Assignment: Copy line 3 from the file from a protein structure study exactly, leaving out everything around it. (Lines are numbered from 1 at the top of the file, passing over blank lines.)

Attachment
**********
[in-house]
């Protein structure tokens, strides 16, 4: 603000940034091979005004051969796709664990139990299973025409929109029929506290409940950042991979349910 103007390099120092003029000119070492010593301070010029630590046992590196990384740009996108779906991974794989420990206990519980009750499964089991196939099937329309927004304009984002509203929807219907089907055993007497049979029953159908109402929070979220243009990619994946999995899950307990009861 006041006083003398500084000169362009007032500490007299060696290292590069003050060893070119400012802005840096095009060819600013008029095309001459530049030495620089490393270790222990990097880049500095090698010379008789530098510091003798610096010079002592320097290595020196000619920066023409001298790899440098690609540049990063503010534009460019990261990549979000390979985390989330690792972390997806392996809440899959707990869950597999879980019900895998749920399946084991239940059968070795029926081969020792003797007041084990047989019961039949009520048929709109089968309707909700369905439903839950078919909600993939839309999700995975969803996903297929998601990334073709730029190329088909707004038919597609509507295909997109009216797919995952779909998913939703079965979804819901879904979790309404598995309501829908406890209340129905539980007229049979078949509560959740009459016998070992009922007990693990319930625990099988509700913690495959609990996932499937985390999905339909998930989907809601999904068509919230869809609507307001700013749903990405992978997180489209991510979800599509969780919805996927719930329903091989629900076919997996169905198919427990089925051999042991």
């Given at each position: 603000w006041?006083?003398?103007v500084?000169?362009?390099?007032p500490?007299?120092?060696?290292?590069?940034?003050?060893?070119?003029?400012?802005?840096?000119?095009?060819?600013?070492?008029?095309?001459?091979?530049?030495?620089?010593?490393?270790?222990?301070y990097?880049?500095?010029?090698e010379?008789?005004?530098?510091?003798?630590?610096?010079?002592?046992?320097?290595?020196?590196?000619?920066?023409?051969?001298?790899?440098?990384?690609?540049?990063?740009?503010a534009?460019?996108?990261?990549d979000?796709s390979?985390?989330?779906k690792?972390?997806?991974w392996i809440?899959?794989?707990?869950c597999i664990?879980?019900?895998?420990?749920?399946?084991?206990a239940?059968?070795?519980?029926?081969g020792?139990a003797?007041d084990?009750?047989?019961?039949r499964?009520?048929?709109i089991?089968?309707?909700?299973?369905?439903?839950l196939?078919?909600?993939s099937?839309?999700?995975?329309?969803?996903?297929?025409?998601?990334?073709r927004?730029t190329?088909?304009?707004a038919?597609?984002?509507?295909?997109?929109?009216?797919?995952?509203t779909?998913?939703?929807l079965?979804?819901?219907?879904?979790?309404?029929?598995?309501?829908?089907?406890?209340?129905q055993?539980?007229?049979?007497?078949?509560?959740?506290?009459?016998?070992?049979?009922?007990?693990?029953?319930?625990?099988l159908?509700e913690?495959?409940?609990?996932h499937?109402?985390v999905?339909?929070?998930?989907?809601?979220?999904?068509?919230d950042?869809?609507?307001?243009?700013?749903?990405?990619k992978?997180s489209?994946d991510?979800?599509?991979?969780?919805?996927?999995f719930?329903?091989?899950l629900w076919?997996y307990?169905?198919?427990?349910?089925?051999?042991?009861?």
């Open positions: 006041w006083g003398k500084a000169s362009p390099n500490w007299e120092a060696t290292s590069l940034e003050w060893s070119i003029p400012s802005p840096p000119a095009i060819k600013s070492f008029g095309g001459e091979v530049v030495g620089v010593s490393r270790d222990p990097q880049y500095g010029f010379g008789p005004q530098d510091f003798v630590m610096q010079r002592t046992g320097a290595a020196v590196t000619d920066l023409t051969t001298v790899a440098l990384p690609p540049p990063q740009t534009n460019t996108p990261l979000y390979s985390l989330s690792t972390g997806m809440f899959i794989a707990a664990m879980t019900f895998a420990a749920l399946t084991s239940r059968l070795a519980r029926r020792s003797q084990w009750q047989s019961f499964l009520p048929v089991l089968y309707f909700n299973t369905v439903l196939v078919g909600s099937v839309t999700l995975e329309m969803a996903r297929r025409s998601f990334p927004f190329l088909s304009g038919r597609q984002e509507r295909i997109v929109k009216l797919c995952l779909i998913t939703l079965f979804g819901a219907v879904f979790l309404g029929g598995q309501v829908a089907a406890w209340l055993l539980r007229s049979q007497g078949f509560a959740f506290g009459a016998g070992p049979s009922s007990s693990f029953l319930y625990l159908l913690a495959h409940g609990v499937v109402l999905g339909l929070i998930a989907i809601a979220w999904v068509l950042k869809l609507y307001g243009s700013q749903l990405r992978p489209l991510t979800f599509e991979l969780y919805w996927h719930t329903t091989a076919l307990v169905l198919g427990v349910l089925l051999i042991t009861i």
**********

């Given at each position: 603000w006041?006083?003398?103007v500084?000169?362009?390099?007032p500490?007299?120092?060696?290292?590069?940034?003050?060893?070119?003029?400012?802005?840096?000119?095009?060819?600013?070492?008029?095309?001459?091979?530049?030495?620089?010593?490393?270790?222990?301070y990097?880049?500095?010029?090698e010379?008789?005004?530098?510091?003798?630590?610096?010079?002592?046992?320097?290595?020196?590196?000619?920066?023409?051969?001298?790899?440098?990384?690609?540049?990063?740009?503010a534009?460019?996108?990261?990549d979000?796709s390979?985390?989330?779906k690792?972390?997806?991974w392996i809440?899959?794989?707990?869950c597999i664990?879980?019900?895998?420990?749920?399946?084991?206990a239940?059968?070795?519980?029926?081969g020792?139990a003797?007041d084990?009750?047989?019961?039949r499964?009520?048929?709109i089991?089968?309707?909700?299973?369905?439903?839950l196939?078919?909600?993939s099937?839309?999700?995975?329309?969803?996903?297929?025409?998601?990334?073709r927004?730029t190329?088909?304009?707004a038919?597609?984002?509507?295909?997109?929109?009216?797919?995952?509203t779909?998913?939703?929807l079965?979804?819901?219907?879904?979790?309404?029929?598995?309501?829908?089907?406890?209340?129905q055993?539980?007229?049979?007497?078949?509560?959740?506290?009459?016998?070992?049979?009922?007990?693990?029953?319930?625990?099988l159908?509700e913690?495959?409940?609990?996932h499937?109402?985390v999905?339909?929070?998930?989907?809601?979220?999904?068509?919230d950042?869809?609507?307001?243009?700013?749903?990405?990619k992978?997180s489209?994946d991510?979800?599509?991979?969780?919805?996927?999995f719930?329903?091989?899950l629900w076919?997996y307990?169905?198919?427990?349910?089925?051999?042991?009861?």